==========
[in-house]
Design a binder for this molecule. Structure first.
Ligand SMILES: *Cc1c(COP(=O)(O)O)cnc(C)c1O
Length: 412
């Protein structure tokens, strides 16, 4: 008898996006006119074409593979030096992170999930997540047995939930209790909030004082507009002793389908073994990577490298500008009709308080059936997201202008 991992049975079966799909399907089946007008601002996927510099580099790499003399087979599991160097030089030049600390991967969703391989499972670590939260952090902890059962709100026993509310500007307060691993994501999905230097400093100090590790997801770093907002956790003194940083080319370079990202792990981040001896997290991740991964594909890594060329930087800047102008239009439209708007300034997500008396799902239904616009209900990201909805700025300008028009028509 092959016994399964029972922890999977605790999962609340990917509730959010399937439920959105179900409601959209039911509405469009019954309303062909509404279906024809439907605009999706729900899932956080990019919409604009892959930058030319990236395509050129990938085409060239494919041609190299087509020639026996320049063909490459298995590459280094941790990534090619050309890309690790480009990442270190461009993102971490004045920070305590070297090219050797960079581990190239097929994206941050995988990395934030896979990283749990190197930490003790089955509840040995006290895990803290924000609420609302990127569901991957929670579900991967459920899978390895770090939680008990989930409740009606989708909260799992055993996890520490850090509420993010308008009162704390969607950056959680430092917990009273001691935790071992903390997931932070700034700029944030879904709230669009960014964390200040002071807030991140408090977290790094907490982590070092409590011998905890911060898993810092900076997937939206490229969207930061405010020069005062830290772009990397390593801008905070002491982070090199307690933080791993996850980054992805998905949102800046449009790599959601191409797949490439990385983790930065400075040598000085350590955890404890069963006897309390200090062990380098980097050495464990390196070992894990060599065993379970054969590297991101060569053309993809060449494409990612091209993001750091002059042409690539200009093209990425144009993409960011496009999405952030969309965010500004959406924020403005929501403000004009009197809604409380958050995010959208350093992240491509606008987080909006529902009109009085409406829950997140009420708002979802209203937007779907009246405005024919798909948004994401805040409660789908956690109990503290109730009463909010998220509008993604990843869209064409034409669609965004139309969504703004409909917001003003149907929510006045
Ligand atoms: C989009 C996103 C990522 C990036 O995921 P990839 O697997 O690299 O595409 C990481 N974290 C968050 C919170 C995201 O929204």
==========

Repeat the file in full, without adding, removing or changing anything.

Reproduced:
[in-house]
Design a binder for this molecule. Structure first.
Ligand SMILES: *Cc1c(COP(=O)(O)O)cnc(C)c1O
Length: 412
């Protein structure tokens, strides 16, 4: 008898996006006119074409593979030096992170999930997540047995939930209790909030004082507009002793389908073994990577490298500008009709308080059936997201202008 991992049975079966799909399907089946007008601002996927510099580099790499003399087979599991160097030089030049600390991967969703391989499972670590939260952090902890059962709100026993509310500007307060691993994501999905230097400093100090590790997801770093907002956790003194940083080319370079990202792990981040001896997290991740991964594909890594060329930087800047102008239009439209708007300034997500008396799902239904616009209900990201909805700025300008028009028509 092959016994399964029972922890999977605790999962609340990917509730959010399937439920959105179900409601959209039911509405469009019954309303062909509404279906024809439907605009999706729900899932956080990019919409604009892959930058030319990236395509050129990938085409060239494919041609190299087509020639026996320049063909490459298995590459280094941790990534090619050309890309690790480009990442270190461009993102971490004045920070305590070297090219050797960079581990190239097929994206941050995988990395934030896979990283749990190197930490003790089955509840040995006290895990803290924000609420609302990127569901991957929670579900991967459920899978390895770090939680008990989930409740009606989708909260799992055993996890520490850090509420993010308008009162704390969607950056959680430092917990009273001691935790071992903390997931932070700034700029944030879904709230669009960014964390200040002071807030991140408090977290790094907490982590070092409590011998905890911060898993810092900076997937939206490229969207930061405010020069005062830290772009990397390593801008905070002491982070090199307690933080791993996850980054992805998905949102800046449009790599959601191409797949490439990385983790930065400075040598000085350590955890404890069963006897309390200090062990380098980097050495464990390196070992894990060599065993379970054969590297991101060569053309993809060449494409990612091209993001750091002059042409690539200009093209990425144009993409960011496009999405952030969309965010500004959406924020403005929501403000004009009197809604409380958050995010959208350093992240491509606008987080909006529902009109009085409406829950997140009420708002979802209203937007779907009246405005024919798909948004994401805040409660789908956690109990503290109730009463909010998220509008993604990843869209064409034409669609965004139309969504703004409909917001003003149907929510006045
Ligand atoms: C989009 C996103 C990522 C990036 O995921 P990839 O697997 O690299 O595409 C990481 N974290 C968050 C919170 C995201 O929204």